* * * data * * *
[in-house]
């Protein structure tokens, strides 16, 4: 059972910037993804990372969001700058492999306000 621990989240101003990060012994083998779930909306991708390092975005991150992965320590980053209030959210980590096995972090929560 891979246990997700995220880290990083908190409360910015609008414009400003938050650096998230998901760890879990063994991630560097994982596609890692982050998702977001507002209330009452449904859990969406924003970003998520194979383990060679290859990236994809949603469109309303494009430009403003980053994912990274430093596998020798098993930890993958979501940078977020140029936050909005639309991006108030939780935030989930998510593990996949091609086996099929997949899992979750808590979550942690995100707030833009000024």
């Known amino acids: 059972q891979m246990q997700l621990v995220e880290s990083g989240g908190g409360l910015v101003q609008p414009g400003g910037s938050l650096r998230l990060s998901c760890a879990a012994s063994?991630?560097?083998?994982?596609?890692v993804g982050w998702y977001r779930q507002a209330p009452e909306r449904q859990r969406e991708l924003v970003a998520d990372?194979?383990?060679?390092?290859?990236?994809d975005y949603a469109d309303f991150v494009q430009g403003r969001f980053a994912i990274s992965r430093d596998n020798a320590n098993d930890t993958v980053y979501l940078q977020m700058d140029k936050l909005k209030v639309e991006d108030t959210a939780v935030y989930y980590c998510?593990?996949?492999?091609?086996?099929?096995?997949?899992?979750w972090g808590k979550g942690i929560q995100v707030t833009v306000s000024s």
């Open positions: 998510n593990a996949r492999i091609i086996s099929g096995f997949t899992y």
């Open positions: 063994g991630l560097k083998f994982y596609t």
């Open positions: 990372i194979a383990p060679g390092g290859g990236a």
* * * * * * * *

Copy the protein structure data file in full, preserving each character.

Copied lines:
[in-house]
């Protein structure tokens, strides 16, 4: 059972910037993804990372969001700058492999306000 621990989240101003990060012994083998779930909306991708390092975005991150992965320590980053209030959210980590096995972090929560 891979246990997700995220880290990083908190409360910015609008414009400003938050650096998230998901760890879990063994991630560097994982596609890692982050998702977001507002209330009452449904859990969406924003970003998520194979383990060679290859990236994809949603469109309303494009430009403003980053994912990274430093596998020798098993930890993958979501940078977020140029936050909005639309991006108030939780935030989930998510593990996949091609086996099929997949899992979750808590979550942690995100707030833009000024």
């Known amino acids: 059972q891979m246990q997700l621990v995220e880290s990083g989240g908190g409360l910015v101003q609008p414009g400003g910037s938050l650096r998230l990060s998901c760890a879990a012994s063994?991630?560097?083998?994982?596609?890692v993804g982050w998702y977001r779930q507002a209330p009452e909306r449904q859990r969406e991708l924003v970003a998520d990372?194979?383990?060679?390092?290859?990236?994809d975005y949603a469109d309303f991150v494009q430009g403003r969001f980053a994912i990274s992965r430093d596998n020798a320590n098993d930890t993958v980053y979501l940078q977020m700058d140029k936050l909005k209030v639309e991006d108030t959210a939780v935030y989930y980590c998510?593990?996949?492999?091609?086996?099929?096995?997949?899992?979750w972090g808590k979550g942690i929560q995100v707030t833009v306000s000024s």
């Open positions: 998510n593990a996949r492999i091609i086996s099929g096995f997949t899992y």
């Open positions: 063994g991630l560097k083998f994982y596609t």
């Open positions: 990372i194979a383990p060679g390092g290859g990236a």